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Cervical Traction for Neck Pain

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Updated March 02, 2014

Written or reviewed by a board-certified physician. See About.com's Medical Review Board.

Home cervical traction unit

Cervical traction may be used for neck pain caused by arthritic joints or bulging discs.

© Brett Sears, 2011

If you have neck pain, your doctor may refer you to a physical therapist to help treat your condition. Neck pain can limit your ability to turn your head, look up or down, or perform normal activities like sleeping or exercising.

Symptoms that often come from your neck include pain in the middle of your neck, pain to one side of your neck, or pain in one or both of your shoulder blades. Occasionally, symptoms coming from your neck may be felt as pain or numbness and tingling in your arm or hand.

Since many different symptoms coming from your neck can be felt in many different places, it's important to see your doctor or physical therapist to help determine the cause of your symptoms, and to decide on the best way to manage your condition.

If you visit a physical therapist to help treat your painful neck condition, he or she will likely perform an initial assessment and then prescribe various treatments for your neck condition. One such treatment is cervical traction.

What Does Cervical Traction Do?

Cervical traction can be used for a variety of purposes. It can be used to help decrease compressive forces in the neck, which can help take pressure off of the discs that reside between the vertebrae (spinal bones) in the neck. It can also open up the spaces where nerves exit the spinal canal, which can help relieve pressure off of a compressed nerve. Traction can also help stretch the muscles and joint structures around the neck.

Common diagnoses that may benefit from cervical traction include, but are not limited to:

How is Cervical Traction Applied?

There are many different ways to apply cervical traction to the neck. Be sure to discuss the best way for you to use neck traction with your physical therapist.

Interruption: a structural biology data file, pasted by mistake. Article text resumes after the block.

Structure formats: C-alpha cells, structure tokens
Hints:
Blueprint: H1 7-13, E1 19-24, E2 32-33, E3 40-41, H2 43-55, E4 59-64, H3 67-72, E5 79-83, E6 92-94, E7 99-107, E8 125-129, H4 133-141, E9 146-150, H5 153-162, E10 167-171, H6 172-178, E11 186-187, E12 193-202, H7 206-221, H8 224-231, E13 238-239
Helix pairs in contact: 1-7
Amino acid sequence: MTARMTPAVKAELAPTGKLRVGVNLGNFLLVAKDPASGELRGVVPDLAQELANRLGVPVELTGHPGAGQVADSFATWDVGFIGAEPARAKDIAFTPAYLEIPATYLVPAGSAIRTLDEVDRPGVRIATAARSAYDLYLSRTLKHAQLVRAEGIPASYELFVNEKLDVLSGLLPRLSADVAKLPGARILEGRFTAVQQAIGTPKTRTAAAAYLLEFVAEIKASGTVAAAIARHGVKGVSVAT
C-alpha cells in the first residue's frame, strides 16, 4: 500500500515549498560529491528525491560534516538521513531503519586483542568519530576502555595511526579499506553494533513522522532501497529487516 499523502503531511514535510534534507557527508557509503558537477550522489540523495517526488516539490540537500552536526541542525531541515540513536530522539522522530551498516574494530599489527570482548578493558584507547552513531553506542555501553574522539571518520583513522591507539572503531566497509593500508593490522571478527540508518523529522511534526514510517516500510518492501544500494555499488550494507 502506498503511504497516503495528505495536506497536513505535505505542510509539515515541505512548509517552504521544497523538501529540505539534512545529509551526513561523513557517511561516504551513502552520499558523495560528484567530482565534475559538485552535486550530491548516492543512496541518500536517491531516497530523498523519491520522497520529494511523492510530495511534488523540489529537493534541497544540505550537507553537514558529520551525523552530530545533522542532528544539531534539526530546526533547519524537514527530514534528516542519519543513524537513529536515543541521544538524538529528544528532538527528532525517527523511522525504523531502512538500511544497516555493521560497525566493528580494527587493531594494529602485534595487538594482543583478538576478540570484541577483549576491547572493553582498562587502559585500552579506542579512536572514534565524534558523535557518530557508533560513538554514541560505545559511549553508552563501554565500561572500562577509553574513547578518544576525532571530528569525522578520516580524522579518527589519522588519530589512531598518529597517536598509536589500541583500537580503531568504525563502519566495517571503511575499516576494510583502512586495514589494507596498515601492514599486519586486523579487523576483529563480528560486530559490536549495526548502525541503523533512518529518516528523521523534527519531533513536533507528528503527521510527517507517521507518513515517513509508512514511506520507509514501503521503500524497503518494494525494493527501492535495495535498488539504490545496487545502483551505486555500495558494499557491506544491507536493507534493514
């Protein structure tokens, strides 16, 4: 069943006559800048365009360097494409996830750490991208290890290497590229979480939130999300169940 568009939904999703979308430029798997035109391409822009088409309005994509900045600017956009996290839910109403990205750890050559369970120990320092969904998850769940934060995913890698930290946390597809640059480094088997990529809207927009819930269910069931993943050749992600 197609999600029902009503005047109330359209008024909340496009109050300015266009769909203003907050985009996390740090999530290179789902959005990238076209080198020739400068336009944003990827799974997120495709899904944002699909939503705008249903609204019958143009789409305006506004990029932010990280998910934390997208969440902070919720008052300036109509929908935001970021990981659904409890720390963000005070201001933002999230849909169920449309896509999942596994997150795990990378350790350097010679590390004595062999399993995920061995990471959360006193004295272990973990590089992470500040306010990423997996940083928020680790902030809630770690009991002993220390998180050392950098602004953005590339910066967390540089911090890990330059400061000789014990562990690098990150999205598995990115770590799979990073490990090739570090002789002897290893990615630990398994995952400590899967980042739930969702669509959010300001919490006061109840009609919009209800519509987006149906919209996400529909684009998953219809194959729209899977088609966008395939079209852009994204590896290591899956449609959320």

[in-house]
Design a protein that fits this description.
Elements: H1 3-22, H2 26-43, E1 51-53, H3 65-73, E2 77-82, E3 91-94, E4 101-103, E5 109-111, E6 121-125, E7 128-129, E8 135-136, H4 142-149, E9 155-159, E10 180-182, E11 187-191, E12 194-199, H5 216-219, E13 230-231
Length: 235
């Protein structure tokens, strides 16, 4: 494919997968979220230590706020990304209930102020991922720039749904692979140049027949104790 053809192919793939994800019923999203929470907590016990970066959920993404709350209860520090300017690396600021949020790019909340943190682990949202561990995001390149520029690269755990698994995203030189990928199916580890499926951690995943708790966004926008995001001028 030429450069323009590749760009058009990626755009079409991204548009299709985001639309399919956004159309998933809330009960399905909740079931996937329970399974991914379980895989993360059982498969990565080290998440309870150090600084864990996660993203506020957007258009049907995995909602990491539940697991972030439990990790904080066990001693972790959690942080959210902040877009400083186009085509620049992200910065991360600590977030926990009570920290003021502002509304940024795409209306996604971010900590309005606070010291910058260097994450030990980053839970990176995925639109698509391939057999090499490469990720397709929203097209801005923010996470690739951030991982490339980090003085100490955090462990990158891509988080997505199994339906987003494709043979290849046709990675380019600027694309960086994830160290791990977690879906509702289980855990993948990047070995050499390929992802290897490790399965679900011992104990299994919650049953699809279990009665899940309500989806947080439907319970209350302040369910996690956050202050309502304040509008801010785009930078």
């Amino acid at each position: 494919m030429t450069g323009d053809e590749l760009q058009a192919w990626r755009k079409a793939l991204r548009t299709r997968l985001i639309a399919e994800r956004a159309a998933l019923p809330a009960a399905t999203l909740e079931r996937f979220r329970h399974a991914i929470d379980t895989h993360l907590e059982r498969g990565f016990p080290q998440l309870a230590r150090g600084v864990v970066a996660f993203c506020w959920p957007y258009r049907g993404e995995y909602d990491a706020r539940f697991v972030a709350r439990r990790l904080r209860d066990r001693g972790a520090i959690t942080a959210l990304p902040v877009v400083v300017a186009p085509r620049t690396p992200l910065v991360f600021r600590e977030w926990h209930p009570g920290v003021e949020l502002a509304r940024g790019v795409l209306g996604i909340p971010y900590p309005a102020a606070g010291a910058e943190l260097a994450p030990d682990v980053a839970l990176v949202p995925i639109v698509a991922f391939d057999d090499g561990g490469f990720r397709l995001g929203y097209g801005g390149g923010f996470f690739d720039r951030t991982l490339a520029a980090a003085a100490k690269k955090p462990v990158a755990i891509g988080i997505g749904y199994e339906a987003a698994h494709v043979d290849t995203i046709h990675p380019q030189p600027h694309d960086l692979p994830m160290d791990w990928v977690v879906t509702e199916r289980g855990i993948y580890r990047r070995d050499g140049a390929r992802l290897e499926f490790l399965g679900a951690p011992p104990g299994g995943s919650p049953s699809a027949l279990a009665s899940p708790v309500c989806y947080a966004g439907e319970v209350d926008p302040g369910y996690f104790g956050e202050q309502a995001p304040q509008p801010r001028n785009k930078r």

Manual Cervical Traction. This type of traction is performed by your physical therapist, who holds your neck and head in his hands and then gently provides a traction, or pulling, force to your neck. Rhythmic periods of pulling and resting are usually applied, with each position being held for up to 10 seconds.

Mechanical Cervical Traction. Mechanical traction for your neck involves using a harness that attaches to your head and neck while you're lying down on your back. The harness is attached to a machine that can provide a traction force, and the machine has a control panel so that your physical therapist can change the amount of force applied to your neck.

Over-the-Door Traction. This type of traction can be used at home and involves strapping a harness to your head and neck while you're sitting in a chair. The harness is attached to a rope that's strung through a pulley system over your door, and traction force is applied using weights, a sand bag, or a water bag that's attached to the opposite end of the rope.

In general, a pulling force of about 20 pounds should be used when starting neck traction. The force should be held for 10 to 20 seconds, and then slowly released. Increased pulling forces up to 40 to 50 pounds can be used, and rhythmic pulling and releasing should be continued for 10 to 20 minutes. Traction can be applied several times throughout the day. Be sure to work closely with your physical therapist to help decide on the best treatment parameters for your specific condition.

If your symptoms worsen at any time during your treatment, you must notify your physical therapist immediately. He or she can make adjustments to your treatment, or traction can be discontinued altogether, and an alternative treatment can be started to treat your neck pain.

Can I Do Cervical Traction at Home?

Traction can be applied to your neck at home; this is most easily accomplished by an over-the-door traction unit that's available at many medical supply stores. If you purchase one, your physical therapist can help you learn how to use the device, and can provide advice on the appropriate amount of force to use for your specific condition.

If you benefit from the mechanical traction in the physical therapy clinic, smaller traction units for home use are available that mimic the device used in the clinic. These devices are a bit more expensive than over-the-door traction units, but they're less cumbersome and easier to use than the door-mounted units. Your physical therapist can help you obtain a home mechanical traction unit if it's felt that you would benefit from one.

Cervical traction can be an effective treatment for neck pain and associated neck conditions, like arthritis or disc bulges and herniations. Remember that every person is different, and your physical therapy treatment should be tailored to your specific problems and needs. Your physical therapy program for neck pain should include active treatments like neck exercises and postural correction to help your condition.

Source: Prentice, W. (1998). Therapeutic modalities for allied health professionals. New York: McGraw-Hill.

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